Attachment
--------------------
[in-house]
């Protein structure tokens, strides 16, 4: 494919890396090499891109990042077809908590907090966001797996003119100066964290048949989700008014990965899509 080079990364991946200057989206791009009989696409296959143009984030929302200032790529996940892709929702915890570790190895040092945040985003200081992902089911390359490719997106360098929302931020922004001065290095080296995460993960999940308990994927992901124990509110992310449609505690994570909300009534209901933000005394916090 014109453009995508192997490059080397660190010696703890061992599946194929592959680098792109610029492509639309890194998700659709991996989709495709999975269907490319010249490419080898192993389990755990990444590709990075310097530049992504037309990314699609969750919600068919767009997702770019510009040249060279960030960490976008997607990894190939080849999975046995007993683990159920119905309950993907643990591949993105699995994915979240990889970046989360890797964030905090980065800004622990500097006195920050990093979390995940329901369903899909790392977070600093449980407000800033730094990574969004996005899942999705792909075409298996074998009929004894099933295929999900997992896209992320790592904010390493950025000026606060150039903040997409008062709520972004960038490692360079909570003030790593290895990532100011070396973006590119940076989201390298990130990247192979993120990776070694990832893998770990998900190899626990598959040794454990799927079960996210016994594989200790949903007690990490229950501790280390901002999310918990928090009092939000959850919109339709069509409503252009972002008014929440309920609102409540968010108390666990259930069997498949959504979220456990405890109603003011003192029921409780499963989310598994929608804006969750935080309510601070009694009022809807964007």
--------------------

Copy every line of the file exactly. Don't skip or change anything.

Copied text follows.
[in-house]
């Protein structure tokens, strides 16, 4: 494919890396090499891109990042077809908590907090966001797996003119100066964290048949989700008014990965899509 080079990364991946200057989206791009009989696409296959143009984030929302200032790529996940892709929702915890570790190895040092945040985003200081992902089911390359490719997106360098929302931020922004001065290095080296995460993960999940308990994927992901124990509110992310449609505690994570909300009534209901933000005394916090 014109453009995508192997490059080397660190010696703890061992599946194929592959680098792109610029492509639309890194998700659709991996989709495709999975269907490319010249490419080898192993389990755990990444590709990075310097530049992504037309990314699609969750919600068919767009997702770019510009040249060279960030960490976008997607990894190939080849999975046995007993683990159920119905309950993907643990591949993105699995994915979240990889970046989360890797964030905090980065800004622990500097006195920050990093979390995940329901369903899909790392977070600093449980407000800033730094990574969004996005899942999705792909075409298996074998009929004894099933295929999900997992896209992320790592904010390493950025000026606060150039903040997409008062709520972004960038490692360079909570003030790593290895990532100011070396973006590119940076989201390298990130990247192979993120990776070694990832893998770990998900190899626990598959040794454990799927079960996210016994594989200790949903007690990490229950501790280390901002999310918990928090009092939000959850919109339709069509409503252009972002008014929440309920609102409540968010108390666990259930069997498949959504979220456990405890109603003011003192029921409780499963989310598994929608804006969750935080309510601070009694009022809807964007």